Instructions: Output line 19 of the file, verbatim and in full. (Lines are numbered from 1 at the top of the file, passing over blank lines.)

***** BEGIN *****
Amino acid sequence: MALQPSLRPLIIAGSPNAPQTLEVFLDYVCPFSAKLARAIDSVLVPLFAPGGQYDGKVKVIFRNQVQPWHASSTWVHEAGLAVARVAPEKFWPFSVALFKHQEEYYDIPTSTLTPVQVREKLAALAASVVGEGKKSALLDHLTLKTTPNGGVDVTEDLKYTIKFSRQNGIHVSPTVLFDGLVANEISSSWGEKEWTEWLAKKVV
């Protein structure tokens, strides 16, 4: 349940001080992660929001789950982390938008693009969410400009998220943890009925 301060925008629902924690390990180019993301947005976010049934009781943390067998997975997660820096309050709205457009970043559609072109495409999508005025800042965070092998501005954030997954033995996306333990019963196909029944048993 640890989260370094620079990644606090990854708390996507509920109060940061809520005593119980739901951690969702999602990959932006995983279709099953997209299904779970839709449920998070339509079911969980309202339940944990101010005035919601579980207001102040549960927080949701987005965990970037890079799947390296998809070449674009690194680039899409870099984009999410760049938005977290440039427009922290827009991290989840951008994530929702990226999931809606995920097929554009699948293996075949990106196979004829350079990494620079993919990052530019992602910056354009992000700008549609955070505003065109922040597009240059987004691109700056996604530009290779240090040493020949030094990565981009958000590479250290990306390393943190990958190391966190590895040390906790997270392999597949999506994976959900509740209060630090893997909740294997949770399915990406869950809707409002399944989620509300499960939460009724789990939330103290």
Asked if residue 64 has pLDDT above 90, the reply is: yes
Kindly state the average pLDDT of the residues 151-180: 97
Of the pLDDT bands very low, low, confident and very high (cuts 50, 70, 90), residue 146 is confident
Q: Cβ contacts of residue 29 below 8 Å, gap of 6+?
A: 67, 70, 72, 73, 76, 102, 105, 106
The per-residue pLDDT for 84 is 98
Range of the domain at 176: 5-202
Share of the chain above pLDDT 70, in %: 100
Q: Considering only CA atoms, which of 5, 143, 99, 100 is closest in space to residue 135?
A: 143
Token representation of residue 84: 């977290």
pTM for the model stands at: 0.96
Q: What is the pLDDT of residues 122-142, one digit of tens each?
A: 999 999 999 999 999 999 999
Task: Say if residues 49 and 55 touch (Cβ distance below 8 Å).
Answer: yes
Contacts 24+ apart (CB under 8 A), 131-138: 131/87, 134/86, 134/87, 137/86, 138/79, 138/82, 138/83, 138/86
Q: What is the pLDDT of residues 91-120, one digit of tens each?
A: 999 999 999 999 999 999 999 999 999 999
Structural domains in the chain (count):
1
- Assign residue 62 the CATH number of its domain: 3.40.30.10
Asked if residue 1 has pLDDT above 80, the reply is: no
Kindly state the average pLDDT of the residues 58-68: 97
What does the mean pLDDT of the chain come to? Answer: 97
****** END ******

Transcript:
Contacts 24+ apart (CB under 8 A), 131-138: 131/87, 134/86, 134/87, 137/86, 138/79, 138/82, 138/83, 138/86